Ellen G. White Writings

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Ellen G. White: The Progressive Years: 1862-1876 (vol. 2), Page 266

Chapter 18—(1869) A Year to Regroup and Prepare to Advance

If the title of this chapter carries a battlefield overtone it is because the Seventh-day Adventist Church was suffering the buffeting of the adversary brought to view in Revelation 12:17:

And the dragon was wroth with the woman, and went to make war with the remnant of her seed, which keep the commandments of God, and have the testimony of Jesus Christ.

The 1860s marked relentless conflict; Satan exercised his wrath in a number of ways. He attacked the lives of some involved in the advancement of the cause. He attempted to overwhelm prime leaders through whispering campaigns in which false reports were widely circulated by adversaries of Seventh-day Adventists and, at times, by church members themselves. During much of 1866, while James White was incapacitated and kept almost entirely from the field, the enemy did not have that forceful leader to combat, but as James and Ellen again took to the field, Satan renewed his attacks with even greater intensity.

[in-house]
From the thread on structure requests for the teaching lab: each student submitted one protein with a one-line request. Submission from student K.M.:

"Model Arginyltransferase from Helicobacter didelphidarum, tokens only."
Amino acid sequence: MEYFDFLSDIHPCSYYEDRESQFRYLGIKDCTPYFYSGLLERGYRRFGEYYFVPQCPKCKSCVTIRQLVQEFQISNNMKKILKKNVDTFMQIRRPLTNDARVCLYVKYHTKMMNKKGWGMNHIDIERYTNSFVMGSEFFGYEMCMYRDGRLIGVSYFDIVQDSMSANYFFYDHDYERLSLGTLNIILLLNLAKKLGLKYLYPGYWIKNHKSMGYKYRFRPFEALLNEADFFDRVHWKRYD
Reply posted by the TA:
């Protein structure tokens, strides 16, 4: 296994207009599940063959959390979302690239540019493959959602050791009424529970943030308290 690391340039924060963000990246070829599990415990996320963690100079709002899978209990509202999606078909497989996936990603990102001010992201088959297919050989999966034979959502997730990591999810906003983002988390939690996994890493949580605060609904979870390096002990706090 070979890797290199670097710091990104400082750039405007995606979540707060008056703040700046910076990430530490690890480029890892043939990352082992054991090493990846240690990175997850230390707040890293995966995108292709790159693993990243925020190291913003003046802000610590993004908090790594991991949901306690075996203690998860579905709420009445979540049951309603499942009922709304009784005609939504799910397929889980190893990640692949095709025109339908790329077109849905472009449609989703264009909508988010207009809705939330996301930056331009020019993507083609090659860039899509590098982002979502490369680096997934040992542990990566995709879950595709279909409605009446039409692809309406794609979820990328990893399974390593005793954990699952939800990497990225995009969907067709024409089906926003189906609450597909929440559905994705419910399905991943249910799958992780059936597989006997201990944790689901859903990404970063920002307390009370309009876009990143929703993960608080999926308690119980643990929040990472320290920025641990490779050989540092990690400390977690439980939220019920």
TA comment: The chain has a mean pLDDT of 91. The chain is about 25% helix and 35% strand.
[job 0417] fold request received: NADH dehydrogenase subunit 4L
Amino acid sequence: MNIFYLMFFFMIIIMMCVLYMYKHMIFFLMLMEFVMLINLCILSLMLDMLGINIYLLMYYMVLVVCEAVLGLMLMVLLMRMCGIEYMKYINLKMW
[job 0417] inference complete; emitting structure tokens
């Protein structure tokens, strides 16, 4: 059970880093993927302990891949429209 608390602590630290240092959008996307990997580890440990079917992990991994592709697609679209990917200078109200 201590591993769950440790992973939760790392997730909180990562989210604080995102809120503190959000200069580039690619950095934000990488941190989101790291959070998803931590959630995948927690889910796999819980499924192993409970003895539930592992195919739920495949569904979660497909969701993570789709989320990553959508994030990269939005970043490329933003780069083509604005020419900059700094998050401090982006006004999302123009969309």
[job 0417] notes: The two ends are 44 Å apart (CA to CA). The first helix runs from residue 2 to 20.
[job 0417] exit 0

Churches without Pastors

At this time the Seventh-day Adventist Church was without pastors. The work was young, with 4,500 members; the needs of the 160 churches were cared for by local elders and deacons. The thirty-two ordained and nineteen licensed ministers were spread out over the seven conferences, carrying on the evangelistic thrust. The Review and Herald, with its weekly visits to the homes of those

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